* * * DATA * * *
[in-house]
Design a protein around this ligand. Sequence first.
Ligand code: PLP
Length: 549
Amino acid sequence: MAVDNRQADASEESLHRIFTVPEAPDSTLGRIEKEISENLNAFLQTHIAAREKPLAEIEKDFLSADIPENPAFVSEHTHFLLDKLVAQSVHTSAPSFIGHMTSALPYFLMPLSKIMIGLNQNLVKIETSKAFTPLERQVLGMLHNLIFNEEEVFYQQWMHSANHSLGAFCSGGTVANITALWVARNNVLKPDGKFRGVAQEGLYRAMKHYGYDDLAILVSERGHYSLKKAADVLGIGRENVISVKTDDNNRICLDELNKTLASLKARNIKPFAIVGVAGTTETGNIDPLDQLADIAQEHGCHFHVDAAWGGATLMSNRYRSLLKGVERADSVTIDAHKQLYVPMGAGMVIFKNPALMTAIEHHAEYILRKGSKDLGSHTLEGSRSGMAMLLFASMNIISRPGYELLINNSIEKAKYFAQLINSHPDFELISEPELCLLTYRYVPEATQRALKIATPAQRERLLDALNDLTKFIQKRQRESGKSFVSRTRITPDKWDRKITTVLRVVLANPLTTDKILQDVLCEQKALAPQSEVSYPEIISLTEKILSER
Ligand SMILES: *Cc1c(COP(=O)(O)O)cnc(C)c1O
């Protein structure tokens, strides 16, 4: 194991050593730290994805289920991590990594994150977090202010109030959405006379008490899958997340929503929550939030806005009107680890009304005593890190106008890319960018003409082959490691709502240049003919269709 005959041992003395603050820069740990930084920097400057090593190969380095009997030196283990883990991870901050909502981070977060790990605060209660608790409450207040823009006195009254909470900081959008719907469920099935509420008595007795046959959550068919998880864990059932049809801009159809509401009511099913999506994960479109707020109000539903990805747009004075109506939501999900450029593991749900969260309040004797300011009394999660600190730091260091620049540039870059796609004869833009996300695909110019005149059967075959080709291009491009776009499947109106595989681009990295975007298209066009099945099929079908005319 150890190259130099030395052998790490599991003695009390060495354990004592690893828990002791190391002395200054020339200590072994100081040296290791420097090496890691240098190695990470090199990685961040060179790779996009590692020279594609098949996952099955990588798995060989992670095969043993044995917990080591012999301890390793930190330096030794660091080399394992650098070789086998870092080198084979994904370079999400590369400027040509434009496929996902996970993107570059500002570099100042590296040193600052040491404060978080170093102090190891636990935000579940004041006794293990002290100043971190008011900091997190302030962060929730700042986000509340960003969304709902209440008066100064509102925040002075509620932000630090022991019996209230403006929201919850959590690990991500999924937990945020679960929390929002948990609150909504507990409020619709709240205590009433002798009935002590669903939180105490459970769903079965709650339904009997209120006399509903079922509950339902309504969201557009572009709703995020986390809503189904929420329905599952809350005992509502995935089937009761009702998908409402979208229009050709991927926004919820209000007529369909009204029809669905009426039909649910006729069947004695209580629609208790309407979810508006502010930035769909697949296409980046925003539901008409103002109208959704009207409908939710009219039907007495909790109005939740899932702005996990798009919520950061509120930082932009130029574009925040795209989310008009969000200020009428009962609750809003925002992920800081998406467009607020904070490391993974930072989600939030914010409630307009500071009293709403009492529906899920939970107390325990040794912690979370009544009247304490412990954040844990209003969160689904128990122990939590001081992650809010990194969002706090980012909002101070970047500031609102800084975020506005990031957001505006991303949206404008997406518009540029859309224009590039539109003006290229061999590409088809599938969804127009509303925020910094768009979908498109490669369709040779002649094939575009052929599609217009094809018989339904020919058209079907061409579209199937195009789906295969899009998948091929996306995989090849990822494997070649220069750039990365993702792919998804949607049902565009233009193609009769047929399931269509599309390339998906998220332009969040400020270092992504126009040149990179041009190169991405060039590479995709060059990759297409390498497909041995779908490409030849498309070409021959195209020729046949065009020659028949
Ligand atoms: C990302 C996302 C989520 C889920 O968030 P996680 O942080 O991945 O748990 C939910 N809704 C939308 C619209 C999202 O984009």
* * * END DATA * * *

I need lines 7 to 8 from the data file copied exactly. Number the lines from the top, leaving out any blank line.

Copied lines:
């Protein structure tokens, strides 16, 4: 194991050593730290994805289920991590990594994150977090202010109030959405006379008490899958997340929503929550939030806005009107680890009304005593890190106008890319960018003409082959490691709502240049003919269709 005959041992003395603050820069740990930084920097400057090593190969380095009997030196283990883990991870901050909502981070977060790990605060209660608790409450207040823009006195009254909470900081959008719907469920099935509420008595007795046959959550068919998880864990059932049809801009159809509401009511099913999506994960479109707020109000539903990805747009004075109506939501999900450029593991749900969260309040004797300011009394999660600190730091260091620049540039870059796609004869833009996300695909110019005149059967075959080709291009491009776009499947109106595989681009990295975007298209066009099945099929079908005319 150890190259130099030395052998790490599991003695009390060495354990004592690893828990002791190391002395200054020339200590072994100081040296290791420097090496890691240098190695990470090199990685961040060179790779996009590692020279594609098949996952099955990588798995060989992670095969043993044995917990080591012999301890390793930190330096030794660091080399394992650098070789086998870092080198084979994904370079999400590369400027040509434009496929996902996970993107570059500002570099100042590296040193600052040491404060978080170093102090190891636990935000579940004041006794293990002290100043971190008011900091997190302030962060929730700042986000509340960003969304709902209440008066100064509102925040002075509620932000630090022991019996209230403006929201919850959590690990991500999924937990945020679960929390929002948990609150909504507990409020619709709240205590009433002798009935002590669903939180105490459970769903079965709650339904009997209120006399509903079922509950339902309504969201557009572009709703995020986390809503189904929420329905599952809350005992509502995935089937009761009702998908409402979208229009050709991927926004919820209000007529369909009204029809669905009426039909649910006729069947004695209580629609208790309407979810508006502010930035769909697949296409980046925003539901008409103002109208959704009207409908939710009219039907007495909790109005939740899932702005996990798009919520950061509120930082932009130029574009925040795209989310008009969000200020009428009962609750809003925002992920800081998406467009607020904070490391993974930072989600939030914010409630307009500071009293709403009492529906899920939970107390325990040794912690979370009544009247304490412990954040844990209003969160689904128990122990939590001081992650809010990194969002706090980012909002101070970047500031609102800084975020506005990031957001505006991303949206404008997406518009540029859309224009590039539109003006290229061999590409088809599938969804127009509303925020910094768009979908498109490669369709040779002649094939575009052929599609217009094809018989339904020919058209079907061409579209199937195009789906295969899009998948091929996306995989090849990822494997070649220069750039990365993702792919998804949607049902565009233009193609009769047929399931269509599309390339998906998220332009969040400020270092992504126009040149990179041009190169991405060039590479995709060059990759297409390498497909041995779908490409030849498309070409021959195209020729046949065009020659028949
Ligand atoms: C990302 C996302 C989520 C889920 O968030 P996680 O942080 O991945 O748990 C939910 N809704 C939308 C619209 C999202 O984009």